New York — The Metropolitan Museum is so huge that one could wander around in it for days and not see everything. Its size also creates problems for the art critic, who occasionally misses the opening of a new wing or the installation of an important collection in refurbished quarters, and who only realizes some time later that he has not alerted his readers to the viewing pleasures awaiting them in these new or recently renovated areas. A perfect example is on the museum's second floor, where a substantial portion of the Met's collection of Ancient Near Eastern Art -- most of which has been off public view for 16 years -- has been reinstalled in handsome new galleries. Everything, including pre-Islamic works from Mesopotamia and ancient Iran, as well as selected objects from Anatolia, Syria, and Arabia, is chronologically displayed. The selections are broad and first rate, and they guarantee an informative viewing experience to anyone willing to devote time to them.
Even better, those stepping into the Raymond and Beverly Sackler Gallery for Assyrian Art -- which is part of the Ancient Near Eastern complex -- are assured that they will come face to face with some of the most magnificent sculpture ever fashioned. The 9th-century Assyrian reliefs from the palace of Assurnasirpal II at Nimrud, Iraq, are almost beyond belief, and they constitute one of the most imposing displays of high art to be found anywhere in this museum. Not only is every piece a powerful stateme nt in and of itself, but the collective style through which each artist projected his individual energy, and toward which he owed his primary creative allegiance, is incredibly rich, elegant, and sophisticated. Alfred Jensen retrospective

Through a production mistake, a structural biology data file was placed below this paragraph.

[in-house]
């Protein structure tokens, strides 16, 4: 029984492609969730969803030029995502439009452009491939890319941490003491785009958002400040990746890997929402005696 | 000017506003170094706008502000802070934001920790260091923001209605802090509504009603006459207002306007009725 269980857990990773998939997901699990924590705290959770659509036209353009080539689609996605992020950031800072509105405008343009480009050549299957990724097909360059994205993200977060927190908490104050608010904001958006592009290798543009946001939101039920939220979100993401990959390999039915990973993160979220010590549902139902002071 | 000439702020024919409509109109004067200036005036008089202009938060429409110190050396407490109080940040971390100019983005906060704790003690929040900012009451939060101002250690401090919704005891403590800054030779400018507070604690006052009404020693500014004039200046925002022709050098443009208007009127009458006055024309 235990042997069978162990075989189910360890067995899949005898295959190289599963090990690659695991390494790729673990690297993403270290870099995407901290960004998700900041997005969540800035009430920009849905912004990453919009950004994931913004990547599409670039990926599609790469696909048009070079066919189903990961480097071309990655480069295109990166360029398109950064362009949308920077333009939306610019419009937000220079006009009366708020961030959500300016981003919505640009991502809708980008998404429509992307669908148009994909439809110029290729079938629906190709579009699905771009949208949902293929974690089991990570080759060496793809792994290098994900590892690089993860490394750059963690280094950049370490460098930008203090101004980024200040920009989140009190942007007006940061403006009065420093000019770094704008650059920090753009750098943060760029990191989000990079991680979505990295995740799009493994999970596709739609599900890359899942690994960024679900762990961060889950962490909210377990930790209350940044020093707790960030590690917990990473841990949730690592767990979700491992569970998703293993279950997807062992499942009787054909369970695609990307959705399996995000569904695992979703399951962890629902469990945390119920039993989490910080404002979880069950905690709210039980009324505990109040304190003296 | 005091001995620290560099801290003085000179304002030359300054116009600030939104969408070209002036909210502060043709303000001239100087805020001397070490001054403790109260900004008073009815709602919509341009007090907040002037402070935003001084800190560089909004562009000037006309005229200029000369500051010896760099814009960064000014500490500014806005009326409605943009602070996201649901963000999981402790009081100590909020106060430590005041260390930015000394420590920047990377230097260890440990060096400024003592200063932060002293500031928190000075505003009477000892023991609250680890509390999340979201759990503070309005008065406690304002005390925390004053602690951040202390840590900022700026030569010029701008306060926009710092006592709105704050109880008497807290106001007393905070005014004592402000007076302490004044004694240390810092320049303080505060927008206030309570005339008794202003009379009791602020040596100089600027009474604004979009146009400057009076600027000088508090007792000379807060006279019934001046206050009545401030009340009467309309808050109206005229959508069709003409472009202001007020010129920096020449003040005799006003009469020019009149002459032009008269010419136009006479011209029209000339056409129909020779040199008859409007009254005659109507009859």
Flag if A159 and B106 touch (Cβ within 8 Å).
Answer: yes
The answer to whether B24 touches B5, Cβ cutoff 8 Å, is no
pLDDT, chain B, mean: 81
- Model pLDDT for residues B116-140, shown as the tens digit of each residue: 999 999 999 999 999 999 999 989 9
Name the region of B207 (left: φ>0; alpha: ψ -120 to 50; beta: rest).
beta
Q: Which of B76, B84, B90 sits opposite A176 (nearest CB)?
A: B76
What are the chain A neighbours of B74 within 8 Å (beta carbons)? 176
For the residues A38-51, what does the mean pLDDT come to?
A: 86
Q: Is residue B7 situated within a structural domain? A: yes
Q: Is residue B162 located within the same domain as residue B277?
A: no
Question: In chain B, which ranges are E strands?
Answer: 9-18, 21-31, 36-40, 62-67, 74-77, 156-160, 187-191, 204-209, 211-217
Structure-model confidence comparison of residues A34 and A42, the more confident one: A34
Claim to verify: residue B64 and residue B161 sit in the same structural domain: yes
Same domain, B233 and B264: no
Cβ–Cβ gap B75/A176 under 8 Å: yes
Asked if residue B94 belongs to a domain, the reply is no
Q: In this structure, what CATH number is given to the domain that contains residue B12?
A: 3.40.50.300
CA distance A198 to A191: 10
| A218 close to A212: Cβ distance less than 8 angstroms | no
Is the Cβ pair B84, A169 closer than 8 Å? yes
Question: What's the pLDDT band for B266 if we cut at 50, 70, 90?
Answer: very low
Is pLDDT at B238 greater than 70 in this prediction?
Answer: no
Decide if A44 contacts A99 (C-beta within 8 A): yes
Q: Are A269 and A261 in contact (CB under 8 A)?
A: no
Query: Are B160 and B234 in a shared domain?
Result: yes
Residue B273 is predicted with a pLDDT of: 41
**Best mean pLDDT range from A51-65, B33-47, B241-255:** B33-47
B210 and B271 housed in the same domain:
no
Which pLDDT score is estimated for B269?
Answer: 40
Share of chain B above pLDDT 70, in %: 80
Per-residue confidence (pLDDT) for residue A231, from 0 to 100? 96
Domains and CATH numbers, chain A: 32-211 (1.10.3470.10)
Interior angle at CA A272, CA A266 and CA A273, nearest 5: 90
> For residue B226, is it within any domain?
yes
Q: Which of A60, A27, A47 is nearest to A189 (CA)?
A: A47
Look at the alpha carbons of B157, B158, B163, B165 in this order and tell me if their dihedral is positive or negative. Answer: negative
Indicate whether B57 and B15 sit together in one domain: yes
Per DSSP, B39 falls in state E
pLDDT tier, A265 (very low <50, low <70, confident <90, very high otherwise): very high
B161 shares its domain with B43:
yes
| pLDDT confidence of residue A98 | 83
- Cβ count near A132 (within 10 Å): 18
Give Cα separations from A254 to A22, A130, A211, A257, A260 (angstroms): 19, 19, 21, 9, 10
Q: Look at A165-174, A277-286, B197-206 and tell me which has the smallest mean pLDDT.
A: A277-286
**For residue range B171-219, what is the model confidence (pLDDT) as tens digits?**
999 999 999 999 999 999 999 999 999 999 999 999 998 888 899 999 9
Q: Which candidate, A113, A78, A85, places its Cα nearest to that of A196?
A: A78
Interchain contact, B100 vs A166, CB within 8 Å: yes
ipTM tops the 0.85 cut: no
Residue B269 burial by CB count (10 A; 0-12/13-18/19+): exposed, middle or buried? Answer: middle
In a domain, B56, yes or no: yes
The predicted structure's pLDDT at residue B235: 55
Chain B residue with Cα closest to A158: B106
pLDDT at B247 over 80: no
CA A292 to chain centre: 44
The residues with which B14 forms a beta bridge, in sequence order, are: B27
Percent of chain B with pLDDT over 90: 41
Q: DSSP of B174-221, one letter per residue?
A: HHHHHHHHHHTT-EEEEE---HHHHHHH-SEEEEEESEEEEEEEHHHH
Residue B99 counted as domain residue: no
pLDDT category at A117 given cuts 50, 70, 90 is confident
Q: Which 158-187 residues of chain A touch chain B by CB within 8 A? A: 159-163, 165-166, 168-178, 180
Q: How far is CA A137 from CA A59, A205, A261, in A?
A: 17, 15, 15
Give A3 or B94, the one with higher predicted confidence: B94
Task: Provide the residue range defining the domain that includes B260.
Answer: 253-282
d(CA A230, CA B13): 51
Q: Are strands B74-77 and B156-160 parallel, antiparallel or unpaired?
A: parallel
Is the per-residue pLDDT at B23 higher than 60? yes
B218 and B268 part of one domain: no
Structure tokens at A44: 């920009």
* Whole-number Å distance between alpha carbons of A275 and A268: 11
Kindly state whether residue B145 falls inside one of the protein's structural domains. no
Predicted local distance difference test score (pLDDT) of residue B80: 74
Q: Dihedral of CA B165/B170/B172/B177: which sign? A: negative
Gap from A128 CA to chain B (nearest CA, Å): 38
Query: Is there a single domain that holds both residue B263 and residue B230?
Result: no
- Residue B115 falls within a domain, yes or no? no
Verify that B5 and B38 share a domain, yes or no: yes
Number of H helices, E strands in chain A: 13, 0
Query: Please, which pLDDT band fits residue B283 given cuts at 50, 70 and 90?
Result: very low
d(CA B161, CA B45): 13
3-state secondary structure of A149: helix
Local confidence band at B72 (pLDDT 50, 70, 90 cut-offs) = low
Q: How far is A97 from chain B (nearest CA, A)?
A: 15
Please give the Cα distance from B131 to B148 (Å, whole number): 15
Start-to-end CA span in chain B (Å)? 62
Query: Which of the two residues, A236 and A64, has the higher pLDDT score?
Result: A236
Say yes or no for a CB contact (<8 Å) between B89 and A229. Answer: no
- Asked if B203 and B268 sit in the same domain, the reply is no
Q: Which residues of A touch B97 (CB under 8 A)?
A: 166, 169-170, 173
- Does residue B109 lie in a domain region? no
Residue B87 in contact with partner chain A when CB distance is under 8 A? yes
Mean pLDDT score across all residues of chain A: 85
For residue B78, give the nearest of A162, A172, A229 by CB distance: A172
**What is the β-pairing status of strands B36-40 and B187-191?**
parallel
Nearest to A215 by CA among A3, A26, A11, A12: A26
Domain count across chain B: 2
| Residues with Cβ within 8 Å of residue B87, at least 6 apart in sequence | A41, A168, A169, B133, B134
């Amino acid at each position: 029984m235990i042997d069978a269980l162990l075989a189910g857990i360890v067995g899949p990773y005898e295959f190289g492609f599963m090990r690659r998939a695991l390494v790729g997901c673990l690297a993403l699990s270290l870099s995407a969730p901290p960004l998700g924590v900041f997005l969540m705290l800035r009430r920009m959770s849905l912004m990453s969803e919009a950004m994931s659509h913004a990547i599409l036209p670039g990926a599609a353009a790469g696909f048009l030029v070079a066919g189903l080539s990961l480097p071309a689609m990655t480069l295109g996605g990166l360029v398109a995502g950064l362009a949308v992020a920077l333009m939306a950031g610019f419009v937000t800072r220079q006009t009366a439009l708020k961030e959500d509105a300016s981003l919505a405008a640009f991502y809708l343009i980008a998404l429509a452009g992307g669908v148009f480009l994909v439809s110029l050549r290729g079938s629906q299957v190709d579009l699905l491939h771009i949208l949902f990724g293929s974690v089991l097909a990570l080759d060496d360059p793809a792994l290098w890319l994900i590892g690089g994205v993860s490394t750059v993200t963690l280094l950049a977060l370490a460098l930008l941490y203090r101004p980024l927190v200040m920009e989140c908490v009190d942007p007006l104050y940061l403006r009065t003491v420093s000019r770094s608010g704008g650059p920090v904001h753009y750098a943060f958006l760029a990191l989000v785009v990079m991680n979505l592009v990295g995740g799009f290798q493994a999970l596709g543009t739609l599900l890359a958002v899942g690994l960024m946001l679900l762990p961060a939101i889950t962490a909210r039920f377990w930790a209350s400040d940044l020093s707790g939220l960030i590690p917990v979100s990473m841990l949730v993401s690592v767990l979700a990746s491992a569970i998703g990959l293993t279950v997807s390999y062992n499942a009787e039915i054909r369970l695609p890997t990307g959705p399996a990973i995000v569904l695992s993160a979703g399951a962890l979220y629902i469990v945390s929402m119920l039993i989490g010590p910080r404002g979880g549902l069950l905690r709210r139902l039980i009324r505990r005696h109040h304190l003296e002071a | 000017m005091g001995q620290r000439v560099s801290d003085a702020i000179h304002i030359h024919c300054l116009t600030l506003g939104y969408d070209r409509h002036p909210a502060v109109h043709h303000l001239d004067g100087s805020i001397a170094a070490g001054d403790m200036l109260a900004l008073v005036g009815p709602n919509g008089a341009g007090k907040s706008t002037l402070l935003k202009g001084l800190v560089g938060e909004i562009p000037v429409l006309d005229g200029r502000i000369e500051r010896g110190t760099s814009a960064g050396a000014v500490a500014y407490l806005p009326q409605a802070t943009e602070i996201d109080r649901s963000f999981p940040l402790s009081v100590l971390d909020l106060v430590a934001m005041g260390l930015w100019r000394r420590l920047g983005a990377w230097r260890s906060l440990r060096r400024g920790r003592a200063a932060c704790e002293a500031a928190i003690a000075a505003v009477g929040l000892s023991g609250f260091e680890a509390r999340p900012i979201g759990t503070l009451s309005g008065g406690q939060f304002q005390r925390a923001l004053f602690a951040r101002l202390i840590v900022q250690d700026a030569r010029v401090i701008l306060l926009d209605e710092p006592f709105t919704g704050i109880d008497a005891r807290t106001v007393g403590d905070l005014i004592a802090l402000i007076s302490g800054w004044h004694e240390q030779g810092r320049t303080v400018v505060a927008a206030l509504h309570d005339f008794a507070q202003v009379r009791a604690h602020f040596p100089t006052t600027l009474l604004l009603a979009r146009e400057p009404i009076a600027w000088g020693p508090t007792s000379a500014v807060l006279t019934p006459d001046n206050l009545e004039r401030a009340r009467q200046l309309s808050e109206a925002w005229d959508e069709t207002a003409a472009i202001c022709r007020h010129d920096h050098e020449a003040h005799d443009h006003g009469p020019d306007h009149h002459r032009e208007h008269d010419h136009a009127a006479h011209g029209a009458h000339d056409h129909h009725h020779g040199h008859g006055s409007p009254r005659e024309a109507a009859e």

A major exhibition of the works of Alfred Jensen has just opened at the Guggenheim Museum here. The paintings and works on paper illustrate the development of Jensen's mature style and focus on the artist's explorations of systems and theories derived from earlier cultures. The latter include the Mayan calendar, the mathematical systems of the ancient Greek Pythagoreans, and the color theories of Goethe. The result is as handsome an exhibition of ``abstract'' art as has been seen recently.
At the Guggenheim Museum through Nov. 3.